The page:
New Image International: Exogenous Ketos

Exogenous Ketos

Weight managementJune 18

The Real Deal with Exogenous Ketones

As keto increases in popularity, we see more and more keto-related products on the market. One of the most popular and well known is the exogenous ketone supplement, which claims to boost the effects of a keto diet and even give you some of the benefits of keto while still eating carbs. Sounds like the ‘magic pill’ we’ve been looking for.

Are they worth the money? Will they help you lose weight fast?

What are the ‘claimed’ benefits:
  • Help you shed weight
  • Control hunger and cravings
  • Improved focus
  • Increased energy
  • Better mood
  • Help you perform physically and recover quicker from exercise
  • Help to get you back into ketosis after consuming carbs
  • Decreased inflammation
  • Better sleep

First of all, let’s be clear - your body will produce ketones naturally when you follow the keto diet the right way AND it’s free!

If you are following our ketogenic programme and the New Image™ Keto meal plans consistently, you are nailing it. If you feel like you have an abundance of energy, then you don’t need exogenous ketones.

Ketones are molecules that are produced in the liver from fat; this is then used as energy when there is no glucose.

In the average diet, glucose is the main source of energy, but when we follow a keto diet, glucose is dramatically decreased and the body switches from glucose to fats for fuel.

Ketosis is referring to the body converting fat to ketones for energy. These ketones are produced inside the body, or ‘endogenously’.

Exogenous ketones are the opposite and are made in the lab and consumed as a supplement or made ‘outside’ your body.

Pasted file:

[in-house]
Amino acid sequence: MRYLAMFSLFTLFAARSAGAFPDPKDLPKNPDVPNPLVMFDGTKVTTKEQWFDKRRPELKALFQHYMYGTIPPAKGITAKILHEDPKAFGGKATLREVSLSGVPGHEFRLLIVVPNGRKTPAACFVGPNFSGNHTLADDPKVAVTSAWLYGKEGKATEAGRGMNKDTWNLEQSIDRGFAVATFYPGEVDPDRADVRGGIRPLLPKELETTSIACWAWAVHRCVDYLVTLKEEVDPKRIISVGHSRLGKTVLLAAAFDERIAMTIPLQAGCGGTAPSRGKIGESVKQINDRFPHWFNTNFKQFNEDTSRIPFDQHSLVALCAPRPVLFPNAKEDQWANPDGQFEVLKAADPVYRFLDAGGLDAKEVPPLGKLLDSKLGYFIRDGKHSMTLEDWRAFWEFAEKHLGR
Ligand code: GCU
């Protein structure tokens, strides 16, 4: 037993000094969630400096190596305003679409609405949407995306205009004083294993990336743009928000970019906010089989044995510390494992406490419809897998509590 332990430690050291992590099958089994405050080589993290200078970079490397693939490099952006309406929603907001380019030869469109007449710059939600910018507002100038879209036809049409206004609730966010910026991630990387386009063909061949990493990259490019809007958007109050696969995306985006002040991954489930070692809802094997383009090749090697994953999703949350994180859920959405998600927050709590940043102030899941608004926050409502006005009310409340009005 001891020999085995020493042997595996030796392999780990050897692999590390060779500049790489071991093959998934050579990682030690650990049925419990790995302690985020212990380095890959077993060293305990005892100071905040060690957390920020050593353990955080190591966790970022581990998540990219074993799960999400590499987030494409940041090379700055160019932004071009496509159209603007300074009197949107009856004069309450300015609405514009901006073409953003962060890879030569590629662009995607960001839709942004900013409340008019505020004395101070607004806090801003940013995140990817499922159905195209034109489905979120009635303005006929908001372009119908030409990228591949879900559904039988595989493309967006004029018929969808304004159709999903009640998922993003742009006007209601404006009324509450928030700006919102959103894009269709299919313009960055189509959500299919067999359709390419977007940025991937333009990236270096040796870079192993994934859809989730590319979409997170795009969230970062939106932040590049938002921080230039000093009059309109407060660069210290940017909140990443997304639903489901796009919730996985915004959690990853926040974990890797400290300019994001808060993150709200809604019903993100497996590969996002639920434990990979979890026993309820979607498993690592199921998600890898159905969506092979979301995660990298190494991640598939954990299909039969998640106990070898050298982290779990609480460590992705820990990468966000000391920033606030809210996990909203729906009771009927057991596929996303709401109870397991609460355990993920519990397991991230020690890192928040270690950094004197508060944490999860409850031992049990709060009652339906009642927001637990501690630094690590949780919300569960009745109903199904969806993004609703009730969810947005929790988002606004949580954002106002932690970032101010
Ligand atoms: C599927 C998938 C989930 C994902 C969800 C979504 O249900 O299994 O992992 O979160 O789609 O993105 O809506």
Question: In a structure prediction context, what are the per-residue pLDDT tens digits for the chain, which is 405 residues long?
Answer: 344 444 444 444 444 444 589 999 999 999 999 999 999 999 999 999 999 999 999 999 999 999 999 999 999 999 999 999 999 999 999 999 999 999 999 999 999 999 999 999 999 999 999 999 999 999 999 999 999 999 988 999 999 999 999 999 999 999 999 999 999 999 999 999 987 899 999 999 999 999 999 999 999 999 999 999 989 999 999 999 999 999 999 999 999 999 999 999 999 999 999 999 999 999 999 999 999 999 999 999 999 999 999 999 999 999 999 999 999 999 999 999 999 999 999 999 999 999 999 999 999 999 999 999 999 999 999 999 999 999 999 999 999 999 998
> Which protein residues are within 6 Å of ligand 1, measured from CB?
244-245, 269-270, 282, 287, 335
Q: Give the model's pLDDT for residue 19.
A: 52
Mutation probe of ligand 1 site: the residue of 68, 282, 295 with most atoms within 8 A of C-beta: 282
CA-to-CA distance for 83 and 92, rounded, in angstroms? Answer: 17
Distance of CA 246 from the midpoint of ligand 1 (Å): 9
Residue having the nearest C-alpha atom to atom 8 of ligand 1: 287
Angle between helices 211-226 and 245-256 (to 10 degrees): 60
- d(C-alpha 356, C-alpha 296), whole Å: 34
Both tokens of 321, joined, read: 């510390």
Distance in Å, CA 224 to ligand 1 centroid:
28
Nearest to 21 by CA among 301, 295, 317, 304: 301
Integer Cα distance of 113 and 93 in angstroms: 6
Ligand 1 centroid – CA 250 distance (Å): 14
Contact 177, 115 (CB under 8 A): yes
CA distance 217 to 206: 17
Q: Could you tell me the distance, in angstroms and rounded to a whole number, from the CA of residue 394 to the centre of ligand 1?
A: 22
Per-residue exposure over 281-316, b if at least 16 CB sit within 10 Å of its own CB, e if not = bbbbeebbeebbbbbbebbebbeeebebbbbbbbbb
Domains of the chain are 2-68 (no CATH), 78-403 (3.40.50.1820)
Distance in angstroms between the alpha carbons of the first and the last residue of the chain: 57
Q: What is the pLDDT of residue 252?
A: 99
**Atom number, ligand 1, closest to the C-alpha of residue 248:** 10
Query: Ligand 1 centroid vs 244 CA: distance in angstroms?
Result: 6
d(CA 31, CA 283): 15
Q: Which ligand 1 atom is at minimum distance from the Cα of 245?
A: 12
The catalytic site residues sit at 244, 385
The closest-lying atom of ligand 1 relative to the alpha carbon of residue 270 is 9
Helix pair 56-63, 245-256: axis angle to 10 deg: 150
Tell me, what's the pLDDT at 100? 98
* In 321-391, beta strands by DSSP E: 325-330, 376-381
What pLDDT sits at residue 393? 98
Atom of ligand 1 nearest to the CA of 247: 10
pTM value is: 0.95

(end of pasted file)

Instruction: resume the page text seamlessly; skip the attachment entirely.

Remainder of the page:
There is a difference between nutritional ketosis or ketogenesis (following the keto diet and producing ketone bodies in the liver), and ketonemia (the presence of ketone bodies in the blood). So, when you take an exogenous ketone, you promote ketonemia, ketones in the blood, not nutritional ketosis.

Exogenous ketones can put βHB (Betahydroxybutyrate aka ketone bodies) in your blood. So, when you test your urine, you will see the presence of ketones. However, this doesn’t mean that you are in nutritional ketosis and burning fat.

If you follow the keto diet effectively and you do supplement with exogenous ketones, then they might boost your energy and increase satiety, but will not increase your weight loss.

We know that what matters the most is having your body in nutritional ketosis state, as this is when you will reap all the rewards of ketosis.

So basically, exogenous ketones might be beneficial if you follow the keto diet; however, if you’re cheating and eating carbs, it won’t do much. You’re better off spending your money on overpriced avocados.

  • Gross, Elena et al. “Efficacy and safety of exogenous ketone bodies for preventive treatment of migraine: A study protocol for a single-centred, randomised, placebo-controlled, double-blind crossover trial.” Trials vol. 20,1 61. 17 Jan. 2019, doi:10.1186/s13063-018-3120-7
  • Stubbs, Brianna J et al. “On the Metabolism of Exogenous Ketones in Humans.” Frontiers in physiology vol. 8 848. 30 Oct. 2017, doi:10.3389/ fphys.2017.00848
  • Stubbs, Brianna J et al. “A Ketone Ester Drink Lowers Human Ghrelin and Appetite.” Obesity (Silver Spring, Md.) vol. 26,2 (2018): 269-273. doi:10.1002/oby.22051